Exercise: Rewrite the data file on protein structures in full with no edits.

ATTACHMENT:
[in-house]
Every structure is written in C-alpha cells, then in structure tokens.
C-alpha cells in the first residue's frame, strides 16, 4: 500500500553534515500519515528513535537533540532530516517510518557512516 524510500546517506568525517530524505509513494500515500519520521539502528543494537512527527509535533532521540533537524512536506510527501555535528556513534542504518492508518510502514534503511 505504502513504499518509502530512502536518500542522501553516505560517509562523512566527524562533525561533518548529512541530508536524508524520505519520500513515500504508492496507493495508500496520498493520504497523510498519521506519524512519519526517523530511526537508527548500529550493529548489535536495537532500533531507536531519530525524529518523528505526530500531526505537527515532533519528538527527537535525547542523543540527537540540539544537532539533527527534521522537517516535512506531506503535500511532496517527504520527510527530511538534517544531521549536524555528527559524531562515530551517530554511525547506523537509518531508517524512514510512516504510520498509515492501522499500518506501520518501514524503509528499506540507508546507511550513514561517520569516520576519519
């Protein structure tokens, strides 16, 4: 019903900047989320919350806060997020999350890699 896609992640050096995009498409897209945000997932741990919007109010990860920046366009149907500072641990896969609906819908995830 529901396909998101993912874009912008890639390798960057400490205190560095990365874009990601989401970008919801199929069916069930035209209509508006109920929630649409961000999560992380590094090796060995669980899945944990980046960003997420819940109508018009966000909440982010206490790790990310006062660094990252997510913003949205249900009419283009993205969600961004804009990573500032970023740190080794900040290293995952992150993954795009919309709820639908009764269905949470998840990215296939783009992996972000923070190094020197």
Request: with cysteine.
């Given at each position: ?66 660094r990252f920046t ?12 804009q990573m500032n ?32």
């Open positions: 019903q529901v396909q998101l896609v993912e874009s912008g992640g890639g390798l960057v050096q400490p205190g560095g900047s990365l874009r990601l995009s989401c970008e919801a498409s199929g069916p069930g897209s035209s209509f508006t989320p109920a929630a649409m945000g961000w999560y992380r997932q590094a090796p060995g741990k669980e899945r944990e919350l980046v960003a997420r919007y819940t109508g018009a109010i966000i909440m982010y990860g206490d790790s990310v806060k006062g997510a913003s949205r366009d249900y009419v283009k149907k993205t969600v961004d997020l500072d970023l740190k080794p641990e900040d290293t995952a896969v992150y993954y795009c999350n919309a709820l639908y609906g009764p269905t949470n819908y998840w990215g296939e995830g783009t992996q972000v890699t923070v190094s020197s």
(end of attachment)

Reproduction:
[in-house]
Every structure is written in C-alpha cells, then in structure tokens.
C-alpha cells in the first residue's frame, strides 16, 4: 500500500553534515500519515528513535537533540532530516517510518557512516 524510500546517506568525517530524505509513494500515500519520521539502528543494537512527527509535533532521540533537524512536506510527501555535528556513534542504518492508518510502514534503511 505504502513504499518509502530512502536518500542522501553516505560517509562523512566527524562533525561533518548529512541530508536524508524520505519520500513515500504508492496507493495508500496520498493520504497523510498519521506519524512519519526517523530511526537508527548500529550493529548489535536495537532500533531507536531519530525524529518523528505526530500531526505537527515532533519528538527527537535525547542523543540527537540540539544537532539533527527534521522537517516535512506531506503535500511532496517527504520527510527530511538534517544531521549536524555528527559524531562515530551517530554511525547506523537509518531508517524512514510512516504510520498509515492501522499500518506501520518501514524503509528499506540507508546507511550513514561517520569516520576519519
């Protein structure tokens, strides 16, 4: 019903900047989320919350806060997020999350890699 896609992640050096995009498409897209945000997932741990919007109010990860920046366009149907500072641990896969609906819908995830 529901396909998101993912874009912008890639390798960057400490205190560095990365874009990601989401970008919801199929069916069930035209209509508006109920929630649409961000999560992380590094090796060995669980899945944990980046960003997420819940109508018009966000909440982010206490790790990310006062660094990252997510913003949205249900009419283009993205969600961004804009990573500032970023740190080794900040290293995952992150993954795009919309709820639908009764269905949470998840990215296939783009992996972000923070190094020197």
Request: with cysteine.
């Given at each position: ?66 660094r990252f920046t ?12 804009q990573m500032n ?32």
């Open positions: 019903q529901v396909q998101l896609v993912e874009s912008g992640g890639g390798l960057v050096q400490p205190g560095g900047s990365l874009r990601l995009s989401c970008e919801a498409s199929g069916p069930g897209s035209s209509f508006t989320p109920a929630a649409m945000g961000w999560y992380r997932q590094a090796p060995g741990k669980e899945r944990e919350l980046v960003a997420r919007y819940t109508g018009a109010i966000i909440m982010y990860g206490d790790s990310v806060k006062g997510a913003s949205r366009d249900y009419v283009k149907k993205t969600v961004d997020l500072d970023l740190k080794p641990e900040d290293t995952a896969v992150y993954y795009c999350n919309a709820l639908y609906g009764p269905t949470n819908y998840w990215g296939e995830g783009t992996q972000v890699t923070v190094s020197s």